Cult of Luna's fourth album Somewhere Along the Highway was miraculously recorded in merely seven days. Given their amazing back catalog and how their previous effort Salvation was considered their peak, this is certainly interesting. How can you follow up such a masterpiece with an album recorded so quickly? Well, Cult of Luna have once again achieved it. Though too early to form a final opinion, Somewhere Along the Highway may end up being most of their fans' favourite release in more than one way.
While accurate to a certain extent, comparing Cult of Luna to Isis, Pelican, and Neurosis constantly would be unfair. It is true that all of these bands have a lot in common musically, but upon careful listens, beautiful subtleties emerge on each band's work. Of the four bands though, Cult of Luna's music is arguably the most linear one. Never for a moment do they sacrifice song structure in hopes of impressing the listener with their meandering instrumentals or oft-changing chord progressions. That said, complex arrangements and monstrous soundscapes are aplenty on any of their albums, including Somewhere Along the Highway. However, Cult of Luna songs are always masterfully constructed, mixing heaviness with an atmospheric undertone. Churning rhythms are repeated to generate a feeling of unity before unleashing massive cosmic forces at the most unexpected breaking points. The aggressive hardcore type of scream vocals are less prominent on this disc. Actually Klas Rydberg sings in his calming clean voice on several tracks, which sounds a lot more mature and improved this time around. The drone approach also takes a back seat, giving way to a more open sound through most of the album, where the band successfully creates spacey atmospheres and flashes of uplifting enlightment.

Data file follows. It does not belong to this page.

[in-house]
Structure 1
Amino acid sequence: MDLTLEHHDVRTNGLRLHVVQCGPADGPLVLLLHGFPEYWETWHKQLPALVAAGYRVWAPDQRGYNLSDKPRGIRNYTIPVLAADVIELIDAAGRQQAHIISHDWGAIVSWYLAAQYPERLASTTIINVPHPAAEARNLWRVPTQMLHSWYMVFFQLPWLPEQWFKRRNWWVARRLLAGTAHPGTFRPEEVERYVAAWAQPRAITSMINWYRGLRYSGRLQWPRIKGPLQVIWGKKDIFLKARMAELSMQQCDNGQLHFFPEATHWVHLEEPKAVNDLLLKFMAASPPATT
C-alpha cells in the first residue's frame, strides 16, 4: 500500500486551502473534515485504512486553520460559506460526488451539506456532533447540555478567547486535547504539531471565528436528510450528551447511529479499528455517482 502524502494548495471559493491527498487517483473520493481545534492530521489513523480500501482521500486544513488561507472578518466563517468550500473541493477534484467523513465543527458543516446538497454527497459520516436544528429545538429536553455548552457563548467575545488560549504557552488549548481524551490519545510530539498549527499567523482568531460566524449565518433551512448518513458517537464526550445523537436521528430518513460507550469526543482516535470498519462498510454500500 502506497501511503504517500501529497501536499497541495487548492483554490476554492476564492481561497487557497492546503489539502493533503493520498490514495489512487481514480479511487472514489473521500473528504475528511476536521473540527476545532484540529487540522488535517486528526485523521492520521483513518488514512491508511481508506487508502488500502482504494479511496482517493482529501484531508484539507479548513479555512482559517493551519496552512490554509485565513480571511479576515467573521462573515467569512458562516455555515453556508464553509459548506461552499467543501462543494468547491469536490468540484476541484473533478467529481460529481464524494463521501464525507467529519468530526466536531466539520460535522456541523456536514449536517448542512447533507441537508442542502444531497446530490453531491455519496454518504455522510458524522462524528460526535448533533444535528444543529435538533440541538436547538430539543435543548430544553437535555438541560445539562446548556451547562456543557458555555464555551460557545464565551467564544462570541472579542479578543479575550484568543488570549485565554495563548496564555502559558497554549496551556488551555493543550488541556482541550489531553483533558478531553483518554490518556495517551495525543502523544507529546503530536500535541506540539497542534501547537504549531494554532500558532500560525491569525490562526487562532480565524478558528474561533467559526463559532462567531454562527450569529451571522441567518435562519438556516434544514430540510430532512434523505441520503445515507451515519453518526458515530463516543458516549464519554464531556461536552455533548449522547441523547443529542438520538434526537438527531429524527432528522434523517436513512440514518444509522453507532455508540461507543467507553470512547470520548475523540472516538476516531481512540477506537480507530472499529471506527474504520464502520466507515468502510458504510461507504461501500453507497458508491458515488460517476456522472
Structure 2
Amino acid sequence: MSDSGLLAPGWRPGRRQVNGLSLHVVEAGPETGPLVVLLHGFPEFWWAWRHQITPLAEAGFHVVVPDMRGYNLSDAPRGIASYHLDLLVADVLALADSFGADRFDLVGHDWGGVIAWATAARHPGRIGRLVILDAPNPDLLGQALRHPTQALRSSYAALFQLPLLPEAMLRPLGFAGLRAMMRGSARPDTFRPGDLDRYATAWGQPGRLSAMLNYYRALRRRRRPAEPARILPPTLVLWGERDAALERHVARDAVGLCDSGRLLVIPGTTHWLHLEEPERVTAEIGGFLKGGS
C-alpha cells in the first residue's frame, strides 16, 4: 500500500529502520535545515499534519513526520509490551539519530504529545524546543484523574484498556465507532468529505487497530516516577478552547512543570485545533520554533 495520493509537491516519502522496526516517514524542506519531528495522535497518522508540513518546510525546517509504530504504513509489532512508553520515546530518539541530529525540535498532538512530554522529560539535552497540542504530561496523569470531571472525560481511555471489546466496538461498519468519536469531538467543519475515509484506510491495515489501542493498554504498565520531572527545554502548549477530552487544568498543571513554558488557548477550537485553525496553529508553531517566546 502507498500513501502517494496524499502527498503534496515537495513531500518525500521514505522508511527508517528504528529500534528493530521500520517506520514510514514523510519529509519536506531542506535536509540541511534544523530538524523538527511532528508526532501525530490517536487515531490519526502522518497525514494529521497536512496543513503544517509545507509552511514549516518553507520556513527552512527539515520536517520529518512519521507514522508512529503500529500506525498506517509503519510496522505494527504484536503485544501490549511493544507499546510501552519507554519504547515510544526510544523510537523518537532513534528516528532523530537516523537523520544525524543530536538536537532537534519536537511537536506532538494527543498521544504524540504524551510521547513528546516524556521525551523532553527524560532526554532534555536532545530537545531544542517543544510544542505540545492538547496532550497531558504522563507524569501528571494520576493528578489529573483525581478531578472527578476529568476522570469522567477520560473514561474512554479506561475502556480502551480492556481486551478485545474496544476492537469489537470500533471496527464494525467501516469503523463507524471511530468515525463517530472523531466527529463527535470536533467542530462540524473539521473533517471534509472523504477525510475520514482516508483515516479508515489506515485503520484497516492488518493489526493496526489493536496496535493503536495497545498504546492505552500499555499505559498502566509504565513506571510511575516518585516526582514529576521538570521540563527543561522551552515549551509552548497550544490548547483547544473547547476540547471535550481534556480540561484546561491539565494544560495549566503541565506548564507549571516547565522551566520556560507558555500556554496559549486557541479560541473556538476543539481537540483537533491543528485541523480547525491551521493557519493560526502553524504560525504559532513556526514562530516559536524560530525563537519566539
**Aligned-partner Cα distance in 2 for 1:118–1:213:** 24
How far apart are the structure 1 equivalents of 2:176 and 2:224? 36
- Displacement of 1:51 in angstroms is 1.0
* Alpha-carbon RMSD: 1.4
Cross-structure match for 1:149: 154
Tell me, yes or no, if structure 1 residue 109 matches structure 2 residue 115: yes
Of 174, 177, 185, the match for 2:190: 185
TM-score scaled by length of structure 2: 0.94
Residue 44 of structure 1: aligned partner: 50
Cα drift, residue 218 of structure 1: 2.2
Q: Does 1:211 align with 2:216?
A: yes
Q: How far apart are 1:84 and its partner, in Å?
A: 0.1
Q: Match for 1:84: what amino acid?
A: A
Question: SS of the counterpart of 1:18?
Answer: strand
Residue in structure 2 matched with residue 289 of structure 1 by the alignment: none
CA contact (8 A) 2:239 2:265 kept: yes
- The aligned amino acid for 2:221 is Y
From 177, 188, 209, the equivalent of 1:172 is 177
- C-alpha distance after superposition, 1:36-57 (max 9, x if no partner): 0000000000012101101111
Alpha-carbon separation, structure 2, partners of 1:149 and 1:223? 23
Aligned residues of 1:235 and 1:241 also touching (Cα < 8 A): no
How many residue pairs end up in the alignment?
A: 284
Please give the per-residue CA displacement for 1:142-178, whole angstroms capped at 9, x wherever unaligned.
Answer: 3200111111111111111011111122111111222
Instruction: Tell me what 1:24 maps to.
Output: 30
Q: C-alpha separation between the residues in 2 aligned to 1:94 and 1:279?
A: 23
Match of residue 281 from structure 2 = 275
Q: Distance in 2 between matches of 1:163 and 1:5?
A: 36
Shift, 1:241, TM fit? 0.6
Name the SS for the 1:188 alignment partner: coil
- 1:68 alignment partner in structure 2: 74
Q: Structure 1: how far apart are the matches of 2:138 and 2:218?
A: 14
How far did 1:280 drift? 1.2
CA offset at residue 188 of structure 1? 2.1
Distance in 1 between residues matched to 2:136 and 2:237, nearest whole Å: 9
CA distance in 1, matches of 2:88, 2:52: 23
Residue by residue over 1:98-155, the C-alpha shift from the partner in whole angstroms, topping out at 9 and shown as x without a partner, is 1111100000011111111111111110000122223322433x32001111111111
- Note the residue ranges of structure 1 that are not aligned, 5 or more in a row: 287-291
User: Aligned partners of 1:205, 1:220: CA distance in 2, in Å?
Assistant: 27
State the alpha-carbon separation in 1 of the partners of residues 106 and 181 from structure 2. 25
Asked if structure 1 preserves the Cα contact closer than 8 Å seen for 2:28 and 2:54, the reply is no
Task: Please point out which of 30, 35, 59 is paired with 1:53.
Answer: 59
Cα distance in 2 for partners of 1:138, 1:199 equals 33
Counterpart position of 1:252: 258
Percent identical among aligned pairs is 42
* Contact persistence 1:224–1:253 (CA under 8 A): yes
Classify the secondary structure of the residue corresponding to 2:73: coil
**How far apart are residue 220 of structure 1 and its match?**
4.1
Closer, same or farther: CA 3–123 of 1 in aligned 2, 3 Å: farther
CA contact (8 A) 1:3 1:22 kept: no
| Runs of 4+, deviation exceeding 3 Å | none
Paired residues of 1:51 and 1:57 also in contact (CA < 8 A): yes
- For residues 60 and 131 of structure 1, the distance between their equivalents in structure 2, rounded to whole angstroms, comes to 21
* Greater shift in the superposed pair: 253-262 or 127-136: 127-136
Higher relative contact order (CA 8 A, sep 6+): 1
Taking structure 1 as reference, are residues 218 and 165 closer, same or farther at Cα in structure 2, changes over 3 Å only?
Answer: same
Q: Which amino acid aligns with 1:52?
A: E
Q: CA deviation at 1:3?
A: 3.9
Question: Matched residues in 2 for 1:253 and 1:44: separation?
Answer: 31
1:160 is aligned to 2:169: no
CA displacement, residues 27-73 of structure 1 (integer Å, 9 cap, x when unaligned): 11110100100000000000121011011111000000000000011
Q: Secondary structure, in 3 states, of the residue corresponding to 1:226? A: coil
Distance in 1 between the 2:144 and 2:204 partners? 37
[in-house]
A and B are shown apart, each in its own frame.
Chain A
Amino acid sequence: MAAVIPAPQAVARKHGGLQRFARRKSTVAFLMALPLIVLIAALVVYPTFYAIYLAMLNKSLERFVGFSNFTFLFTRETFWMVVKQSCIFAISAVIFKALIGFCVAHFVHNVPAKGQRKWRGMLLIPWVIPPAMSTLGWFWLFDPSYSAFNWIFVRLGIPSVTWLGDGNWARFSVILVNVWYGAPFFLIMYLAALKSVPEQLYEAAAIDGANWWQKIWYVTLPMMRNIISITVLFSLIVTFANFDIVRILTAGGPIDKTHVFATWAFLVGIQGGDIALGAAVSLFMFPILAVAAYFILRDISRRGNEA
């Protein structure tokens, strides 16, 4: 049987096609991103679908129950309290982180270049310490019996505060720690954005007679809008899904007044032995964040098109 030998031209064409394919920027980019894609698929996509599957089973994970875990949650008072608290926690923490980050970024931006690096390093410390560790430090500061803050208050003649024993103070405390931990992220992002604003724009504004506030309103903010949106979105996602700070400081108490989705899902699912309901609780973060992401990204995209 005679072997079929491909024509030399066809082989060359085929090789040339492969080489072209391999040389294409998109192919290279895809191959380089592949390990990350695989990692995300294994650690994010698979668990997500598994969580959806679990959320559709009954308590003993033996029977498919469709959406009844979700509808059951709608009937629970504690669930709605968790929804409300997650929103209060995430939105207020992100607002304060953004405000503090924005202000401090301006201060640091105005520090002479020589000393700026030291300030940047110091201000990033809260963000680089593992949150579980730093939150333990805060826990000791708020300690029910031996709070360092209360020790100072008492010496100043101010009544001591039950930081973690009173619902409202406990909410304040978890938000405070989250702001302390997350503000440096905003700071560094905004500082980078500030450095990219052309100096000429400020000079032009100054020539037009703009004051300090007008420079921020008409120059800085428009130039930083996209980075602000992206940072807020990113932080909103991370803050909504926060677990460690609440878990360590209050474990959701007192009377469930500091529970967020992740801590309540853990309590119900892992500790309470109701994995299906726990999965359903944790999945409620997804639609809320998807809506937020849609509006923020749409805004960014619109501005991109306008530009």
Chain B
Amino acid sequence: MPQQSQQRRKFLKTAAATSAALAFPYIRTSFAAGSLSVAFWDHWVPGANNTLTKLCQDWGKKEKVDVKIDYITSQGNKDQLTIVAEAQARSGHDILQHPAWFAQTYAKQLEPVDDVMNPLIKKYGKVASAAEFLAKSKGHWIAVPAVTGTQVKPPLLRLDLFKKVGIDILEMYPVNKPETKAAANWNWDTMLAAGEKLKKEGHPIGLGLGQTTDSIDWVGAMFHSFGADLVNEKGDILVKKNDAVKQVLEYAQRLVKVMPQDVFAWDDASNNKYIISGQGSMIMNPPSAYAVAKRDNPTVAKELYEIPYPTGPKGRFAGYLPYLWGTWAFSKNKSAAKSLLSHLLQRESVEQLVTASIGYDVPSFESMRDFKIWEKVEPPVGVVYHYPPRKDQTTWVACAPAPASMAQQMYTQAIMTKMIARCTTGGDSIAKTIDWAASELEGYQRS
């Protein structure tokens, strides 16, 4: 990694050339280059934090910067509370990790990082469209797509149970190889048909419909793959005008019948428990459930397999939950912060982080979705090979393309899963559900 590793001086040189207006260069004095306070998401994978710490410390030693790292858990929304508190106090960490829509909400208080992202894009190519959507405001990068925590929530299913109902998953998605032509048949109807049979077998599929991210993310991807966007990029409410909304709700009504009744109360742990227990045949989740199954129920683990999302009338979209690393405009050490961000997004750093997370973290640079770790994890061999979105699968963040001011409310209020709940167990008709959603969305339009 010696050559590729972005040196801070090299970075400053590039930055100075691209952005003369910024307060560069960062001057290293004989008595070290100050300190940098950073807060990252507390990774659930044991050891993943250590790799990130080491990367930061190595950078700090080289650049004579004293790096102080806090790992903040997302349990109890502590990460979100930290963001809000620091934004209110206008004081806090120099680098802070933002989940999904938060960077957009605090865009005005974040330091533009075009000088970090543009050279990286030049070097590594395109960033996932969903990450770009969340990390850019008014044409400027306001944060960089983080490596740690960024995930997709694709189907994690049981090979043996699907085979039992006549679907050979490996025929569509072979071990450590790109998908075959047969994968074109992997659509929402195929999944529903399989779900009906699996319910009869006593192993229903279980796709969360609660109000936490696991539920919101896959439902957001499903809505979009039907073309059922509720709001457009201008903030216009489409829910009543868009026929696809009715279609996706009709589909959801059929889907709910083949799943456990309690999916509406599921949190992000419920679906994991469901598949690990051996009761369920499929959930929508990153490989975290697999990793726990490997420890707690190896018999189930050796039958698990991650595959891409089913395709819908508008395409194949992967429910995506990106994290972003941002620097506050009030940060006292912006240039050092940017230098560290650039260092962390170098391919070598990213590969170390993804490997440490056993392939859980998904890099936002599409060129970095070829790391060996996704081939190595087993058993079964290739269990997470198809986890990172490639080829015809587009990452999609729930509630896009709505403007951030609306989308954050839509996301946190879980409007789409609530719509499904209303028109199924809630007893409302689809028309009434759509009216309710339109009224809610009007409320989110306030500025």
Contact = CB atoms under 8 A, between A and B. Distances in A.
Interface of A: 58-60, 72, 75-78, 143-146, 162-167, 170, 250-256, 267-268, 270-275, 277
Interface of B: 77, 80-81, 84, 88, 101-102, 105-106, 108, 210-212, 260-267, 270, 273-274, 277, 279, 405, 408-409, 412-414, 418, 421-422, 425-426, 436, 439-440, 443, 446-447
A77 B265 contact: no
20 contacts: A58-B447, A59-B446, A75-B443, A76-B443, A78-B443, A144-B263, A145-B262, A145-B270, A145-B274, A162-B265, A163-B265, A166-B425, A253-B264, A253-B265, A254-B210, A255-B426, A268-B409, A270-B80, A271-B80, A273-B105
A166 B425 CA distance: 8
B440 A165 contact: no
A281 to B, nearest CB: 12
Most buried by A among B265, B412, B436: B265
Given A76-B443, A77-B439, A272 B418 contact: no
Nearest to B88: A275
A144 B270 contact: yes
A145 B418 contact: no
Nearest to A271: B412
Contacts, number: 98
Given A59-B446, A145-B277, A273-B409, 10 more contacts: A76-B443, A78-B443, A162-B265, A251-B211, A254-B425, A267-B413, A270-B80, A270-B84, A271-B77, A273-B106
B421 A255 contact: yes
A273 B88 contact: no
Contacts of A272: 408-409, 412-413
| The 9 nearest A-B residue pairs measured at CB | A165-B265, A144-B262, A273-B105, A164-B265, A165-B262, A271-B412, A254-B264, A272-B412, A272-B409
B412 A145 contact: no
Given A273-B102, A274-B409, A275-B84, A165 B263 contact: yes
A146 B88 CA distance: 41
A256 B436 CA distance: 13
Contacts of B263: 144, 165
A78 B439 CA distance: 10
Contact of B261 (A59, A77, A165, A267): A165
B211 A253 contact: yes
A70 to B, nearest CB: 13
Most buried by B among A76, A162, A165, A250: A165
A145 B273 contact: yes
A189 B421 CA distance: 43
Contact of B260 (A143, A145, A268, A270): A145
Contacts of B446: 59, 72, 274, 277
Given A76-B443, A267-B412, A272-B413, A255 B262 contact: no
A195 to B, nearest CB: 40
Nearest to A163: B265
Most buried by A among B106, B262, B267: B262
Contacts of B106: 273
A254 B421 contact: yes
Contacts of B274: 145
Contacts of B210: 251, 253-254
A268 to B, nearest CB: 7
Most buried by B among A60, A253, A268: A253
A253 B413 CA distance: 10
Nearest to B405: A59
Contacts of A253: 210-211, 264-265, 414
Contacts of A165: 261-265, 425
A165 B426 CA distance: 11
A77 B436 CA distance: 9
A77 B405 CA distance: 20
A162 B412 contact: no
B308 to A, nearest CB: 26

Starting with the ambitious "Marching to the Heartbeats", Rydberg's clean vocals and the dreamy ebb and flow on the musical landscape, along with beautifully strummed acoustic guitars, bring to mind the serene moments heard on Mogwai albums, before the vocalist graces the piece with his tortured screams, not too different from his work on The Beyond. The riffs and continued brutal vocals on "Finland" suggest that the previous track was just a lengthy intro to the piece, as the drone effect is almost nonexistent, leaving its place to much welcome heavy passages. Drums roll while guitars form an ethereal mood on "Back to Chapel Town", with soul-crushing screaming, and big, wall-of-sound guitars.
"And With Her Came the Birds" is utterly depressing and minimalistic. Completely clean-sung, the song features echoic guitar arpeggios, emphasized lyrics, a slowly-developing keyboard mix in the background, and a beautifully performed acoustic guitar-like instrument that has an odd exotic feel to it. "Thirtyfour" and "Dim" are mostly instrumental songs, save for their ending, where vocals explode during passages of reflection and melancholy. Thomas Hedlund's drumming on "Thirtyfour" lends it an almost funeral doom metal vibe, with sparse yet powerfully nuanced rhythms, while his unusual percussion blends nicely with the electronic sampling placed neatly underneath. A song with shifting dynamics, it contains both super-heavy sections with growling bass and guitar and softer, more fragile textures. "Dim" is arguably the most spacey number on the album, again marked by unforgettable drumming, and a largely electronic backdrop. Yet everything is so perfectly balanced that this is perhaps the most organic song on the platter, with its open sound and creative mixing. Rydberg's vocals arrive exactly during the song's most climactic phase, making it one of their most amazing songs to date.
Never heard Cult of Luna before and don't know where to begin? Start with Somewhere Along the Highway. Up until a month ago, I'd have laughed if someone said they are going to top Salvation, but it seems this band has no limits. Very highly recommended.
- Marching to the Heartbeats
- Back to Chapel Town
- And With Her Came the Birds
- Dark City, Dead Man